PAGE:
This article is for those who have had to deal with security issues with their web resources and applications, but who do not have a clear idea of how these tests are performed in practice.
There can be many reasons why you want to run a security test, such as:
- Following a cyber attack or its attempt;
- In the presence of a corporate network or web application that has been tested for security for a long time or has not been performed at all;
- After adding new features to an existing product;
- With a significant change in the topology of the corporate network;
- When migrating an application from a test environment to a production environment;
- Subject to the requirements of industry standards (PCI DSS, HIPAA).
However, it is much easier to determine how necessary it is to perform security testing. Generally speaking, the formula looks like this: if you have “something” it stores or processes important data accessible from the Internet, then a security test is in order!
Important data here refers to any valuable information – personal user data, payment card data, company accounts, etc. Even if the web application does not store or process any important data, reputation losses cannot be recouped. For example, if the site is hacked and instead of the company logo on the main page a competitor’s logo is placed, it will have a negative impact on the company.
So, with all the awareness of the importance of performing safety testing, what to do next? How do you decide what kind of security testing you need? It’s great to have requirements for a system security audit, formulated by an external auditor, for example. In this case, it is quite easy to determine the list of test activities.
But what if there are no security requirements, but it is necessary to check it? Often people come to test companies with the following request: “I have a website / network, I want to test security!” “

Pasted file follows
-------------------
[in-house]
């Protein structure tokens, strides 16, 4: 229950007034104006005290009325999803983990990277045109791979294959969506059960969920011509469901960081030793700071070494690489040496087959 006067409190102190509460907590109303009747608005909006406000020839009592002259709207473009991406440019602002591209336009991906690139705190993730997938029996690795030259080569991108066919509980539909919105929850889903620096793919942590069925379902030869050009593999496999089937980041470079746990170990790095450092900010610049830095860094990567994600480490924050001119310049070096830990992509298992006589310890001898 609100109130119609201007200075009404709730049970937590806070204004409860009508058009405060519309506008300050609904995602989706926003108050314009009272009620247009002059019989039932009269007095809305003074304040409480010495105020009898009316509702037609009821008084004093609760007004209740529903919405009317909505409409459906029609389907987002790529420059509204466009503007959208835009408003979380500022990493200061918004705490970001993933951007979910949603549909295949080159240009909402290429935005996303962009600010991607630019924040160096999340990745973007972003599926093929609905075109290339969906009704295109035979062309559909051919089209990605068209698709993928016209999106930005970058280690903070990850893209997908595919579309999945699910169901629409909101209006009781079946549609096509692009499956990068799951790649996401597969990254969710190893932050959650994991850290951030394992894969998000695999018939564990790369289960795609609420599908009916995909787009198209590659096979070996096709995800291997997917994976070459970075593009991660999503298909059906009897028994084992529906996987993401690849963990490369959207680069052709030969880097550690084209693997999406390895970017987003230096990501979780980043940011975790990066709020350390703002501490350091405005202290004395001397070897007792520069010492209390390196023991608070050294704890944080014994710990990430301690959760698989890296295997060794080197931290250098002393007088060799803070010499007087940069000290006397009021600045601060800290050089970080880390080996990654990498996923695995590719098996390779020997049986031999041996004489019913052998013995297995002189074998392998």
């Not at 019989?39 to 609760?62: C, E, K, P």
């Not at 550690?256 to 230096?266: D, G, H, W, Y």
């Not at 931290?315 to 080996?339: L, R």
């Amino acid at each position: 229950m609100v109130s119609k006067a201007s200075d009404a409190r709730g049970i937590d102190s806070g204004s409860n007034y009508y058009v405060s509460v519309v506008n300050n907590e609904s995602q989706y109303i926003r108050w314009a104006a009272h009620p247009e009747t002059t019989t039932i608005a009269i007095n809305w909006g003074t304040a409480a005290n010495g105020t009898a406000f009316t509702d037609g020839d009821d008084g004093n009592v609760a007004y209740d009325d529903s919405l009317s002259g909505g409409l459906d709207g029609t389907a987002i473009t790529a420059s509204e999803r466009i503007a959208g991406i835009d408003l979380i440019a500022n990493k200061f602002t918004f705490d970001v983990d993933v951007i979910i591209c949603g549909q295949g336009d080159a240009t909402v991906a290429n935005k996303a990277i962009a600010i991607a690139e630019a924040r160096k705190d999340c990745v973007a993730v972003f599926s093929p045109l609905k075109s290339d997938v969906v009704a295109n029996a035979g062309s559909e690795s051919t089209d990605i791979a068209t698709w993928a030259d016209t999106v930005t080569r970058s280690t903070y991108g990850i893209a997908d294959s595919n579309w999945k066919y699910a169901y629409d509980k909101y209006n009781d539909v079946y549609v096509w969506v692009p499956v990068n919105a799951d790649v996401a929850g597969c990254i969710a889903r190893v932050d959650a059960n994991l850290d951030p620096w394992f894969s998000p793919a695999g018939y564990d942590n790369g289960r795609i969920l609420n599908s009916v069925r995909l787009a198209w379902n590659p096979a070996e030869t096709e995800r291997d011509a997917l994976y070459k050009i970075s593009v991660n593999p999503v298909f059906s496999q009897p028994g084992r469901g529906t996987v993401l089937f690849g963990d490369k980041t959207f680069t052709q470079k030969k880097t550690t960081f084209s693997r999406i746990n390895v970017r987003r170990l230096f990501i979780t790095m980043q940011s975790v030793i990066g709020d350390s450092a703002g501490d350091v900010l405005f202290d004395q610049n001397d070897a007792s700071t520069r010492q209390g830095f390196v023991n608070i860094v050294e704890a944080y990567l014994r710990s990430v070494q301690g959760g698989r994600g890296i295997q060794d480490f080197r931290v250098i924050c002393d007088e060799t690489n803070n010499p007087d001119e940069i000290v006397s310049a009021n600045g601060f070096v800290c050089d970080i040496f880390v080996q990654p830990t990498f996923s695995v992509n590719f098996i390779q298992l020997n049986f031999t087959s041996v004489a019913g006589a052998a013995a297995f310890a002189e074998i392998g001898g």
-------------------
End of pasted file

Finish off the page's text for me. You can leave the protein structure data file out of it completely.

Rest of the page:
Then specialists need to clarify the details of the request, which sometimes takes several days. It is much easier to formulate a detailed request at first, which saves valuable time. We will explain below how you can detail your security testing needs.
Usually, the type of safety test required can be determined by several criteria:
- The purpose of the test;
- System data that can be provided to auditors;
- The entry point in the system (relevant only for testing local networks).
Penetration testing and vulnerability assessment
Based on the objectives, security testing is divided into two types: penetration testing and vulnerability assessment.
The goal of penetration testing is clear from the name itself. Here, the task of testers is to try to penetrate the internal infrastructure of a web application, take control of internal servers, or gain access to important information. At the same time, the testers simulate the possible actions of real hackers. Defects found during testing, as well as the test methods themselves, play no role.
The result of such a test is either to obtain unauthorized access or to assert that such access could not be obtained in the current state of the system. Penetration tests take less time than a security assessment and can reveal the effectiveness of your protective measures against external threats.
So, if the bottom line is whether the danger of a real hack by attackers is great, then penetration testing is your option.
In turn, the Security assessment involves the most comprehensive and extensive system verification. Its primary purpose is not to gain access, but to identify configuration flaws and vulnerabilities that can potentially lead to unauthorized access or compromise system users. All faults detected during the safety assessment are classified according to their level of risk and the degree of impact on the safety of the entire system. Exploitation of the vulnerabilities found is generally not carried out or is carried out by agreement of the parties.
Safety assessments are time consuming and are often performed only in accordance with the requirements of various industry standards.
Consider a small practical example that clearly demonstrates the difference between penetration testing and security assessment.
Suppose that during testing, a flaw was discovered, which consists of the absence of the HttpOnly security flag in the cookie with the user session identifier. The absence of this flag allows you to “steal” the user’s cookie using a cross-site scripting attack. In the context of the safety assessment, this is clearly a defect and should be described in the final report. When performing penetration tests, this fault will only be taken into account if it is using it and in the assembly.
Article written by Boris Jacob, Senior Quality Assurance Analyst at Risk Alive Analytics